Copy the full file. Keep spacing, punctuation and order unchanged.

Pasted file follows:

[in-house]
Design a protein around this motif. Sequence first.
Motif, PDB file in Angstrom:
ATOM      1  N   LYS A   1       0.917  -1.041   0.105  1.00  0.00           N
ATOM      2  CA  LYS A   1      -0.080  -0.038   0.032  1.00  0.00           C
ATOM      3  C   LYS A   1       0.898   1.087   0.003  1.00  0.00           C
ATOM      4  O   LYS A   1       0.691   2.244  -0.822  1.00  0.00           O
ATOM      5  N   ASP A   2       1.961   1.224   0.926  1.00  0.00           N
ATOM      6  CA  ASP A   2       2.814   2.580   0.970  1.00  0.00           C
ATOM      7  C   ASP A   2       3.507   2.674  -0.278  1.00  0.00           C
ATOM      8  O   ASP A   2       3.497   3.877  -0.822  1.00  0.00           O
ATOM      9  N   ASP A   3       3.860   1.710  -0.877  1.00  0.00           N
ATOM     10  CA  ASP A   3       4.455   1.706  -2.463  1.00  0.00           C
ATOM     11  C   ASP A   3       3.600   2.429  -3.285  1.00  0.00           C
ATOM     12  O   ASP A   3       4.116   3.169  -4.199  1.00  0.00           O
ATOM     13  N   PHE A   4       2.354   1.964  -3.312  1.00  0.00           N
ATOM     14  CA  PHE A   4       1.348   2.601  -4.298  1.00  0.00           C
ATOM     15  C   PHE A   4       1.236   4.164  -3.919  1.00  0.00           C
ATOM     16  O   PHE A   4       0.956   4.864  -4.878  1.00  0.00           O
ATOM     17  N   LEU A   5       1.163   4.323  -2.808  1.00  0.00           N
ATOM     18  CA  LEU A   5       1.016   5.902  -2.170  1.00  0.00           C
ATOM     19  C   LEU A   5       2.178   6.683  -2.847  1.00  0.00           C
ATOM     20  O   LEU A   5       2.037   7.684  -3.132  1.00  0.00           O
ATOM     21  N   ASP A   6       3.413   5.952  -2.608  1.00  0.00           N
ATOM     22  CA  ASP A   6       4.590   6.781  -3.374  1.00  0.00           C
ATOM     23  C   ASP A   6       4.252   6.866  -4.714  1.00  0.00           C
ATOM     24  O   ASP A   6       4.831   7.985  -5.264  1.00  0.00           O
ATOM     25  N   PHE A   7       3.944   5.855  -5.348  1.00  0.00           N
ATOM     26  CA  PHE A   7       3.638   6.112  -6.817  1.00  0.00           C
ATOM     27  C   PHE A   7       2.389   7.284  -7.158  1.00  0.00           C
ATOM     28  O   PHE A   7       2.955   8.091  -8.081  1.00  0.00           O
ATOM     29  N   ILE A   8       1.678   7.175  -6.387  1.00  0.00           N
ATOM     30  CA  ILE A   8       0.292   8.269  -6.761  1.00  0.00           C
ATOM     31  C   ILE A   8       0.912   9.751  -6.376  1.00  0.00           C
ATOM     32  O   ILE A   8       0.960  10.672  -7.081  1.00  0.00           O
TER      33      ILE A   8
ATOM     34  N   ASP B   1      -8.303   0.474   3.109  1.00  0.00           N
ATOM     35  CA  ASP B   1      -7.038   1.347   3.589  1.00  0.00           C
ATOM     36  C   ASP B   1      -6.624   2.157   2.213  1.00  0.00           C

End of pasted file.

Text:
[in-house]
Design a protein around this motif. Sequence first.
Motif, PDB file in Angstrom:
ATOM      1  N   LYS A   1       0.917  -1.041   0.105  1.00  0.00           N
ATOM      2  CA  LYS A   1      -0.080  -0.038   0.032  1.00  0.00           C
ATOM      3  C   LYS A   1       0.898   1.087   0.003  1.00  0.00           C
ATOM      4  O   LYS A   1       0.691   2.244  -0.822  1.00  0.00           O
ATOM      5  N   ASP A   2       1.961   1.224   0.926  1.00  0.00           N
ATOM      6  CA  ASP A   2       2.814   2.580   0.970  1.00  0.00           C
ATOM      7  C   ASP A   2       3.507   2.674  -0.278  1.00  0.00           C
ATOM      8  O   ASP A   2       3.497   3.877  -0.822  1.00  0.00           O
ATOM      9  N   ASP A   3       3.860   1.710  -0.877  1.00  0.00           N
ATOM     10  CA  ASP A   3       4.455   1.706  -2.463  1.00  0.00           C
ATOM     11  C   ASP A   3       3.600   2.429  -3.285  1.00  0.00           C
ATOM     12  O   ASP A   3       4.116   3.169  -4.199  1.00  0.00           O
ATOM     13  N   PHE A   4       2.354   1.964  -3.312  1.00  0.00           N
ATOM     14  CA  PHE A   4       1.348   2.601  -4.298  1.00  0.00           C
ATOM     15  C   PHE A   4       1.236   4.164  -3.919  1.00  0.00           C
ATOM     16  O   PHE A   4       0.956   4.864  -4.878  1.00  0.00           O
ATOM     17  N   LEU A   5       1.163   4.323  -2.808  1.00  0.00           N
ATOM     18  CA  LEU A   5       1.016   5.902  -2.170  1.00  0.00           C
ATOM     19  C   LEU A   5       2.178   6.683  -2.847  1.00  0.00           C
ATOM     20  O   LEU A   5       2.037   7.684  -3.132  1.00  0.00           O
ATOM     21  N   ASP A   6       3.413   5.952  -2.608  1.00  0.00           N
ATOM     22  CA  ASP A   6       4.590   6.781  -3.374  1.00  0.00           C
ATOM     23  C   ASP A   6       4.252   6.866  -4.714  1.00  0.00           C
ATOM     24  O   ASP A   6       4.831   7.985  -5.264  1.00  0.00           O
ATOM     25  N   PHE A   7       3.944   5.855  -5.348  1.00  0.00           N
ATOM     26  CA  PHE A   7       3.638   6.112  -6.817  1.00  0.00           C
ATOM     27  C   PHE A   7       2.389   7.284  -7.158  1.00  0.00           C
ATOM     28  O   PHE A   7       2.955   8.091  -8.081  1.00  0.00           O
ATOM     29  N   ILE A   8       1.678   7.175  -6.387  1.00  0.00           N
ATOM     30  CA  ILE A   8       0.292   8.269  -6.761  1.00  0.00           C
ATOM     31  C   ILE A   8       0.912   9.751  -6.376  1.00  0.00           C
ATOM     32  O   ILE A   8       0.960  10.672  -7.081  1.00  0.00           O
TER      33      ILE A   8
ATOM     34  N   ASP B   1      -8.303   0.474   3.109  1.00  0.00           N
ATOM     35  CA  ASP B   1      -7.038   1.347   3.589  1.00  0.00           C
ATOM     36  C   ASP B   1      -6.624   2.157   2.213  1.00  0.00           C